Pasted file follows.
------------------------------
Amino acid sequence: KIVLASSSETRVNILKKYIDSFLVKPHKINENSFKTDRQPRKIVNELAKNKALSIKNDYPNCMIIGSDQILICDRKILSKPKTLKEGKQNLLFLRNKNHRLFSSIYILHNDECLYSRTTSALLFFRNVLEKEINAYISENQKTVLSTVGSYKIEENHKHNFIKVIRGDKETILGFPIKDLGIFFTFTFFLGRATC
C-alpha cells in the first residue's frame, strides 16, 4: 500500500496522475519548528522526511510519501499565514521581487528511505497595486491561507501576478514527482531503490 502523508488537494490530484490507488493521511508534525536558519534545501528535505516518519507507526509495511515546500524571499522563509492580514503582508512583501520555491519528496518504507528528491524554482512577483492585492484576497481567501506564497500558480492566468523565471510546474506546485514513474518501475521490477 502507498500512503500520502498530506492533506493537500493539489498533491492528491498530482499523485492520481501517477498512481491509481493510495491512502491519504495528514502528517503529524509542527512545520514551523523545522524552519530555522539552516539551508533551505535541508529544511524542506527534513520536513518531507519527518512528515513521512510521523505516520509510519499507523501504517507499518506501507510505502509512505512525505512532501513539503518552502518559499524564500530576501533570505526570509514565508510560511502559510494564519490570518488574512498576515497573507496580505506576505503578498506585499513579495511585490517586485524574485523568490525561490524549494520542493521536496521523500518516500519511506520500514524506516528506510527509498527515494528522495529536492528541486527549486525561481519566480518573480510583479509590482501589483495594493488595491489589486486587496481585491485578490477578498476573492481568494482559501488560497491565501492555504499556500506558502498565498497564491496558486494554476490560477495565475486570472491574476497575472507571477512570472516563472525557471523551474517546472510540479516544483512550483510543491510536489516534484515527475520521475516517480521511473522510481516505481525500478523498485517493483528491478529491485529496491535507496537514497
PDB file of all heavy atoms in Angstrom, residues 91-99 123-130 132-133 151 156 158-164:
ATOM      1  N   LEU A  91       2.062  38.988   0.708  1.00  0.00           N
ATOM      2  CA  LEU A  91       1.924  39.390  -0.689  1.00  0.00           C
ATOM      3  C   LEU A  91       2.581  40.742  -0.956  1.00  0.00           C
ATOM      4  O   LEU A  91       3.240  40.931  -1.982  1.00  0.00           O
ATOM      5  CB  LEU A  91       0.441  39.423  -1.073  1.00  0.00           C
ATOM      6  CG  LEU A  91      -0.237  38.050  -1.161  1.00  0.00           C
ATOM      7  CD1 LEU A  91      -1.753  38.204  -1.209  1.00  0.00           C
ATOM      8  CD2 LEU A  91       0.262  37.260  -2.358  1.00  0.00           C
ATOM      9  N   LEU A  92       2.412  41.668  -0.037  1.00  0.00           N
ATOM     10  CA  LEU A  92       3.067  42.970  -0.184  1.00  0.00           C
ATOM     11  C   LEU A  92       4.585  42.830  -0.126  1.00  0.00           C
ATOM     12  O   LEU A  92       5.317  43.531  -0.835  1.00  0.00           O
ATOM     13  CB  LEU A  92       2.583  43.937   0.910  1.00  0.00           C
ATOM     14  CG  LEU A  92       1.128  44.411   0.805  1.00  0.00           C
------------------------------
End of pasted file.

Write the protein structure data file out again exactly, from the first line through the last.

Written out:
Amino acid sequence: KIVLASSSETRVNILKKYIDSFLVKPHKINENSFKTDRQPRKIVNELAKNKALSIKNDYPNCMIIGSDQILICDRKILSKPKTLKEGKQNLLFLRNKNHRLFSSIYILHNDECLYSRTTSALLFFRNVLEKEINAYISENQKTVLSTVGSYKIEENHKHNFIKVIRGDKETILGFPIKDLGIFFTFTFFLGRATC
C-alpha cells in the first residue's frame, strides 16, 4: 500500500496522475519548528522526511510519501499565514521581487528511505497595486491561507501576478514527482531503490 502523508488537494490530484490507488493521511508534525536558519534545501528535505516518519507507526509495511515546500524571499522563509492580514503582508512583501520555491519528496518504507528528491524554482512577483492585492484576497481567501506564497500558480492566468523565471510546474506546485514513474518501475521490477 502507498500512503500520502498530506492533506493537500493539489498533491492528491498530482499523485492520481501517477498512481491509481493510495491512502491519504495528514502528517503529524509542527512545520514551523523545522524552519530555522539552516539551508533551505535541508529544511524542506527534513520536513518531507519527518512528515513521512510521523505516520509510519499507523501504517507499518506501507510505502509512505512525505512532501513539503518552502518559499524564500530576501533570505526570509514565508510560511502559510494564519490570518488574512498576515497573507496580505506576505503578498506585499513579495511585490517586485524574485523568490525561490524549494520542493521536496521523500518516500519511506520500514524506516528506510527509498527515494528522495529536492528541486527549486525561481519566480518573480510583479509590482501589483495594493488595491489589486486587496481585491485578490477578498476573492481568494482559501488560497491565501492555504499556500506558502498565498497564491496558486494554476490560477495565475486570472491574476497575472507571477512570472516563472525557471523551474517546472510540479516544483512550483510543491510536489516534484515527475520521475516517480521511473522510481516505481525500478523498485517493483528491478529491485529496491535507496537514497
PDB file of all heavy atoms in Angstrom, residues 91-99 123-130 132-133 151 156 158-164:
ATOM      1  N   LEU A  91       2.062  38.988   0.708  1.00  0.00           N
ATOM      2  CA  LEU A  91       1.924  39.390  -0.689  1.00  0.00           C
ATOM      3  C   LEU A  91       2.581  40.742  -0.956  1.00  0.00           C
ATOM      4  O   LEU A  91       3.240  40.931  -1.982  1.00  0.00           O
ATOM      5  CB  LEU A  91       0.441  39.423  -1.073  1.00  0.00           C
ATOM      6  CG  LEU A  91      -0.237  38.050  -1.161  1.00  0.00           C
ATOM      7  CD1 LEU A  91      -1.753  38.204  -1.209  1.00  0.00           C
ATOM      8  CD2 LEU A  91       0.262  37.260  -2.358  1.00  0.00           C
ATOM      9  N   LEU A  92       2.412  41.668  -0.037  1.00  0.00           N
ATOM     10  CA  LEU A  92       3.067  42.970  -0.184  1.00  0.00           C
ATOM     11  C   LEU A  92       4.585  42.830  -0.126  1.00  0.00           C
ATOM     12  O   LEU A  92       5.317  43.531  -0.835  1.00  0.00           O
ATOM     13  CB  LEU A  92       2.583  43.937   0.910  1.00  0.00           C
ATOM     14  CG  LEU A  92       1.128  44.411   0.805  1.00  0.00           C